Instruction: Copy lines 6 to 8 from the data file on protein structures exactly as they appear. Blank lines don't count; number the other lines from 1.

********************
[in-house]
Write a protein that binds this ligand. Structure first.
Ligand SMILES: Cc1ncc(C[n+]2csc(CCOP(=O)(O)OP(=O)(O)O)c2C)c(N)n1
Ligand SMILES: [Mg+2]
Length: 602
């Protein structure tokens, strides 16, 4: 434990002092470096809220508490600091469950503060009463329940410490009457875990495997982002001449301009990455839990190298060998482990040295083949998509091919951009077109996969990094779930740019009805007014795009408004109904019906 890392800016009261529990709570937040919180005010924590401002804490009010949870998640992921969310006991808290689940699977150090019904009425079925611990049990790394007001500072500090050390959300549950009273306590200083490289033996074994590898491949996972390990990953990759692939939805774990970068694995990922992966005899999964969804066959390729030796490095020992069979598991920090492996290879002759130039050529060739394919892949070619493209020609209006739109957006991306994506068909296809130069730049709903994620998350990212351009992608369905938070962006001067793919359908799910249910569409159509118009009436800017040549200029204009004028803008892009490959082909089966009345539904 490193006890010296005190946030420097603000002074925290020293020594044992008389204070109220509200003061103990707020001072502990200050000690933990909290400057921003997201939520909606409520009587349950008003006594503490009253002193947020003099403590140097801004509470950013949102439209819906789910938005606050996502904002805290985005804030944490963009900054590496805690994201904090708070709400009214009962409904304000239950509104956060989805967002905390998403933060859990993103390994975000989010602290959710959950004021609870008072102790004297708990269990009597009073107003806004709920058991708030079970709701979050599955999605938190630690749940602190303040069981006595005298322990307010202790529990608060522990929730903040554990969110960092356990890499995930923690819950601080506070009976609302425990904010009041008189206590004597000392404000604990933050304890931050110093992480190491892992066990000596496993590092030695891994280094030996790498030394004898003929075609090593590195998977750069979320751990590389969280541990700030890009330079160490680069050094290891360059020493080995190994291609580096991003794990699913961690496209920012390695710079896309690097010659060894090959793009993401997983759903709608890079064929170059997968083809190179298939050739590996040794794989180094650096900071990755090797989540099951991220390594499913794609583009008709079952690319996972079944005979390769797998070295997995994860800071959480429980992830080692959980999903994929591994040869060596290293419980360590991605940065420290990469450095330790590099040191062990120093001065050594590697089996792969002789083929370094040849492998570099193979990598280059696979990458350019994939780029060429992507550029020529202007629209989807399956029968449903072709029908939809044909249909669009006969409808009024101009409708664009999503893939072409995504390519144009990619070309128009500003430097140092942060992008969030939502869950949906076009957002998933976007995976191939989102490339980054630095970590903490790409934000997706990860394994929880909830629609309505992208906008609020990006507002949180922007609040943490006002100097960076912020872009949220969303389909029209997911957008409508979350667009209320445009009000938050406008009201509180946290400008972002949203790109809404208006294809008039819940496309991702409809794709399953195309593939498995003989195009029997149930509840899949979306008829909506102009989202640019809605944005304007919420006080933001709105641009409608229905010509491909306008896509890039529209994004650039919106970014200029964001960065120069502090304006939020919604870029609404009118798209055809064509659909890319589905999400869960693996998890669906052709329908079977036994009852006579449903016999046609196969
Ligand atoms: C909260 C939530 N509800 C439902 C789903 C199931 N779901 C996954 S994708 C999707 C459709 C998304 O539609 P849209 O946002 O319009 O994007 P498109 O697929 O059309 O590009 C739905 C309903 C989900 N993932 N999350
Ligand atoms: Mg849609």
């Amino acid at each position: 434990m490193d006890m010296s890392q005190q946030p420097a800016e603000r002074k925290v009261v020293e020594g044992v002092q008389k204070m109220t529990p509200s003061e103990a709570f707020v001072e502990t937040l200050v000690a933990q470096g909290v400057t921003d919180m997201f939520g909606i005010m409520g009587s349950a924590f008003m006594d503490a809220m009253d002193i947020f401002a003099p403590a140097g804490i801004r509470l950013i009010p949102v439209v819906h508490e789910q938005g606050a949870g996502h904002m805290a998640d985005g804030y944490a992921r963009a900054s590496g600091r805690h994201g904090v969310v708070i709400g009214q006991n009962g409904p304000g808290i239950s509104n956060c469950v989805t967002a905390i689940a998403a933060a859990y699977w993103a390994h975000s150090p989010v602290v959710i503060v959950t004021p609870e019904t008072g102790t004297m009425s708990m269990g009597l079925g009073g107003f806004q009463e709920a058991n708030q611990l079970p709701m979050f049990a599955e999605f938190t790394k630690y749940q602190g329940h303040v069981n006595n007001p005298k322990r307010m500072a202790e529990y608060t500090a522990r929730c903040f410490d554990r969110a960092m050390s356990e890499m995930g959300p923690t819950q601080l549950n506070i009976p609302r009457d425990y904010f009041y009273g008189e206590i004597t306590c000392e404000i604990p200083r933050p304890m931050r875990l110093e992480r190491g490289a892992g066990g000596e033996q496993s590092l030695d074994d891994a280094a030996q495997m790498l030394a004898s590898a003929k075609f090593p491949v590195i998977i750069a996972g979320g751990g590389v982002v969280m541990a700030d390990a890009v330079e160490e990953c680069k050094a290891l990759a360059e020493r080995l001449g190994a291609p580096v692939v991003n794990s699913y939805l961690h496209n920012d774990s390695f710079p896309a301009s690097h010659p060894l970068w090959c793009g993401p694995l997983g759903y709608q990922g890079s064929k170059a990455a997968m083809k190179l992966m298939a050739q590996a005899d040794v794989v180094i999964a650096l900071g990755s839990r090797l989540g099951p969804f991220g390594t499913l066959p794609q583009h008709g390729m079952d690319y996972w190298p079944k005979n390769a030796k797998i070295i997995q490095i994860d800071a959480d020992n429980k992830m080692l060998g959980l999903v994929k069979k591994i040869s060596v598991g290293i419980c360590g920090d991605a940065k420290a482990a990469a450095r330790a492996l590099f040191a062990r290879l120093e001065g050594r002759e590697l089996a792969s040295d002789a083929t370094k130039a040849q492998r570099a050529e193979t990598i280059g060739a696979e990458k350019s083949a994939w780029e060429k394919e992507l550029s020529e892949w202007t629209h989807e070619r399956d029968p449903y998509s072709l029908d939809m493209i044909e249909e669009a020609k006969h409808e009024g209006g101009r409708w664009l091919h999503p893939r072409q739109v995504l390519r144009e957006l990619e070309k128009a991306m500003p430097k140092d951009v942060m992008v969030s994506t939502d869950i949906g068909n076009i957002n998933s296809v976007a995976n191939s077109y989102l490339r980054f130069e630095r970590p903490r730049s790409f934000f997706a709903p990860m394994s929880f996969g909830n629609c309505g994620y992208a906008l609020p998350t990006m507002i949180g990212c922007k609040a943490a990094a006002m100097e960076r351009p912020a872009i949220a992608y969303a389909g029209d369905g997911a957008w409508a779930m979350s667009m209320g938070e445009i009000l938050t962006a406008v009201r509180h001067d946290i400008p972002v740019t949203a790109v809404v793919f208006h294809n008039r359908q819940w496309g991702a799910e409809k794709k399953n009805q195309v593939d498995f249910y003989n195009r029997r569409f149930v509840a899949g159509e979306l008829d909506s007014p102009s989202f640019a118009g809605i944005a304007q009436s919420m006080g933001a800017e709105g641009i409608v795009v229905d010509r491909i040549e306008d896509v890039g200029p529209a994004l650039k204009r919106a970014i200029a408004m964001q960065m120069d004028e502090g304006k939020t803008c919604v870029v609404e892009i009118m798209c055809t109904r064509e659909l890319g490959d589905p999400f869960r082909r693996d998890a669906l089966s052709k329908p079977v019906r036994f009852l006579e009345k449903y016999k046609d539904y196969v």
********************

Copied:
């Protein structure tokens, strides 16, 4: 434990002092470096809220508490600091469950503060009463329940410490009457875990495997982002001449301009990455839990190298060998482990040295083949998509091919951009077109996969990094779930740019009805007014795009408004109904019906 890392800016009261529990709570937040919180005010924590401002804490009010949870998640992921969310006991808290689940699977150090019904009425079925611990049990790394007001500072500090050390959300549950009273306590200083490289033996074994590898491949996972390990990953990759692939939805774990970068694995990922992966005899999964969804066959390729030796490095020992069979598991920090492996290879002759130039050529060739394919892949070619493209020609209006739109957006991306994506068909296809130069730049709903994620998350990212351009992608369905938070962006001067793919359908799910249910569409159509118009009436800017040549200029204009004028803008892009490959082909089966009345539904 490193006890010296005190946030420097603000002074925290020293020594044992008389204070109220509200003061103990707020001072502990200050000690933990909290400057921003997201939520909606409520009587349950008003006594503490009253002193947020003099403590140097801004509470950013949102439209819906789910938005606050996502904002805290985005804030944490963009900054590496805690994201904090708070709400009214009962409904304000239950509104956060989805967002905390998403933060859990993103390994975000989010602290959710959950004021609870008072102790004297708990269990009597009073107003806004709920058991708030079970709701979050599955999605938190630690749940602190303040069981006595005298322990307010202790529990608060522990929730903040554990969110960092356990890499995930923690819950601080506070009976609302425990904010009041008189206590004597000392404000604990933050304890931050110093992480190491892992066990000596496993590092030695891994280094030996790498030394004898003929075609090593590195998977750069979320751990590389969280541990700030890009330079160490680069050094290891360059020493080995190994291609580096991003794990699913961690496209920012390695710079896309690097010659060894090959793009993401997983759903709608890079064929170059997968083809190179298939050739590996040794794989180094650096900071990755090797989540099951991220390594499913794609583009008709079952690319996972079944005979390769797998070295997995994860800071959480429980992830080692959980999903994929591994040869060596290293419980360590991605940065420290990469450095330790590099040191062990120093001065050594590697089996792969002789083929370094040849492998570099193979990598280059696979990458350019994939780029060429992507550029020529202007629209989807399956029968449903072709029908939809044909249909669009006969409808009024101009409708664009999503893939072409995504390519144009990619070309128009500003430097140092942060992008969030939502869950949906076009957002998933976007995976191939989102490339980054630095970590903490790409934000997706990860394994929880909830629609309505992208906008609020990006507002949180922007609040943490006002100097960076912020872009949220969303389909029209997911957008409508979350667009209320445009009000938050406008009201509180946290400008972002949203790109809404208006294809008039819940496309991702409809794709399953195309593939498995003989195009029997149930509840899949979306008829909506102009989202640019809605944005304007919420006080933001709105641009409608229905010509491909306008896509890039529209994004650039919106970014200029964001960065120069502090304006939020919604870029609404009118798209055809064509659909890319589905999400869960693996998890669906052709329908079977036994009852006579449903016999046609196969
Ligand atoms: C909260 C939530 N509800 C439902 C789903 C199931 N779901 C996954 S994708 C999707 C459709 C998304 O539609 P849209 O946002 O319009 O994007 P498109 O697929 O059309 O590009 C739905 C309903 C989900 N993932 N999350
Ligand atoms: Mg849609």